Authors Damien Ma and William Adams masterfully capture the economic, social, and political challenges facing China in the next decade. They have successfully crystallized views held by veteran China watchers and made it accessible to the general public in crisp prose. In doing so they recast the American public discourse about China away from the trite bulls vs bears debate about China's growth to a more productive discussion centered on China's scarcity. Highly recommend!
Having just returned from China, this book fascinated me by covering the story of China becoming an industrial juggernaut. The speed with which China has developed into a modern country has never been seen before in the world. We, meaning all the other countries of the world, may need to stand in line behind the billion people of China to get the natural resources we will need to make life liveable. The authors look at the pluses and minuses in China today. They basically tell in detail what has been going on within the country and the meaning that that could have for the rest of the world. China has many problems to address and these problems are worsened by the fact that the population is just so huge. A very interesting read for those who want information about China and its development.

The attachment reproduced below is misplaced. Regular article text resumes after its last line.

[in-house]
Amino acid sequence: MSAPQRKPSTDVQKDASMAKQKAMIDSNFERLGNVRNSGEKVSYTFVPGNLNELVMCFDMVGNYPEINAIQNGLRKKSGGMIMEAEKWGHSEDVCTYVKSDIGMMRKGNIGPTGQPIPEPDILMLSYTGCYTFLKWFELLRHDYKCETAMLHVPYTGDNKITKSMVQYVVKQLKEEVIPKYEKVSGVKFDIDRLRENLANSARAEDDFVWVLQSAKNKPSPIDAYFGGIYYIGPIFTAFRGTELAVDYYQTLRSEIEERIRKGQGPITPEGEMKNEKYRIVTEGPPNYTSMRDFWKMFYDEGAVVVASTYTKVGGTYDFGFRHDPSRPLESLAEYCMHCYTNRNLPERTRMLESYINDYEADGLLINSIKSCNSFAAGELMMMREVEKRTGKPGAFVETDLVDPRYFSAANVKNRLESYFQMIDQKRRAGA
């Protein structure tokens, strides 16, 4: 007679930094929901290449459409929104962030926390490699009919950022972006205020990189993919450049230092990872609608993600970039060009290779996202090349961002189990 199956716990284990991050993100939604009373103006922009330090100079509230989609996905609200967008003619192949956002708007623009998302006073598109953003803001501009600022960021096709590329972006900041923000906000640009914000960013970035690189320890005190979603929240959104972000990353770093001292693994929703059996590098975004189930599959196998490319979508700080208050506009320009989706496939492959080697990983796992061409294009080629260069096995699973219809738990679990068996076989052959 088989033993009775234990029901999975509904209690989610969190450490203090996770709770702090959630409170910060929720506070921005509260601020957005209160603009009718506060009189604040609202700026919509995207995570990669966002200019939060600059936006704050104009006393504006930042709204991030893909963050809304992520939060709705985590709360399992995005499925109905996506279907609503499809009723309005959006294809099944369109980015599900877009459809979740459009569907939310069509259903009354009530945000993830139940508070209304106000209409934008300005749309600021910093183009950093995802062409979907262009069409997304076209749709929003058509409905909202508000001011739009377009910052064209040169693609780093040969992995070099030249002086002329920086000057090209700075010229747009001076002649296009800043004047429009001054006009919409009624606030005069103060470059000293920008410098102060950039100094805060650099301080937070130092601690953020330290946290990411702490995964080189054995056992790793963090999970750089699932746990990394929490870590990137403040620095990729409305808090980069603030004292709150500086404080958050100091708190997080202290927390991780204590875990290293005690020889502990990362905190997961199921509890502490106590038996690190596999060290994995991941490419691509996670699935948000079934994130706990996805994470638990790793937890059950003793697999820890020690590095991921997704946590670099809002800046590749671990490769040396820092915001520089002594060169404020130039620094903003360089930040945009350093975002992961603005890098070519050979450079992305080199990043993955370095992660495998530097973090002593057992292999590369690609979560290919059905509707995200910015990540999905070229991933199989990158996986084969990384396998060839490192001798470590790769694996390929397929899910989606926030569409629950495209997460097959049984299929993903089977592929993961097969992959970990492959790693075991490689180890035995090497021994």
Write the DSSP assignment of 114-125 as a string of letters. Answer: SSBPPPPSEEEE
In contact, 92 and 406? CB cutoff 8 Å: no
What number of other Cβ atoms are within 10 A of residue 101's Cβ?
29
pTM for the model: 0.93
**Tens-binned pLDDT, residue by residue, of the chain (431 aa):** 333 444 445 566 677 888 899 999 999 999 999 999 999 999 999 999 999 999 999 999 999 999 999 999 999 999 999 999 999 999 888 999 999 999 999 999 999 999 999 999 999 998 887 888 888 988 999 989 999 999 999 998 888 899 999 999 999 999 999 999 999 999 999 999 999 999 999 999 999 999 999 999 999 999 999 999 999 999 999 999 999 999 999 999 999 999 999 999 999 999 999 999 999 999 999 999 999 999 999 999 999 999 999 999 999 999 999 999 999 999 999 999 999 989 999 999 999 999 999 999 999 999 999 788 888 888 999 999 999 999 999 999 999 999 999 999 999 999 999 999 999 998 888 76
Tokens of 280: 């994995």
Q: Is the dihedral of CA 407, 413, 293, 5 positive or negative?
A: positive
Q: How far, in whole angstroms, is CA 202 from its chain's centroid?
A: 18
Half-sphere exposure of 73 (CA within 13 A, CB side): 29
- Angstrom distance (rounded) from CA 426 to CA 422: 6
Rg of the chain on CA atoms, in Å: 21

I've adopted for the 25th iteration of my course on the Chinese economy. Yes, the final chapters on politics and ideology have repetition, but for my purposes it's the earlier chapters that matter. The book is still current as of fall 2014 – a big problem in finding books to use in my class! – and they treat central issues (migration and hukou, urbanization, pollution, agricultural reform, education and healthcare, among others) thoughtfully and analytically. They cover the nexus of local government fiscal reform, real estate development, and the need to provide access to healthcare and education in a particularly good way. I can pair with the recent World Bank [free] eBook "Urban China" for more data and formal analytics, and Tom Miller's China's Urban Billion for qualitative descriptions of cities. I look forward to using it starting Sept 2014!
This is a clearly written, extremely well researched, highly thoughtful reflection by two professional analysts from the Eurasia group who have long worked and lived in China regarding the challenges of scarcity that they worry will dominate China's future. The findings are not uniformly downcast, but they are certainly far from sanguine. Ma and Andrews make it abundantly clear that the Chinese leadership has a very tough row to hoe, with little room for errors. I can't recommend this enough to those seeking sober analysis in lieu of pie-in-the-sky jingoistic optimism or morose, doomsday pessimism regarding the near and mid-term Chinese future.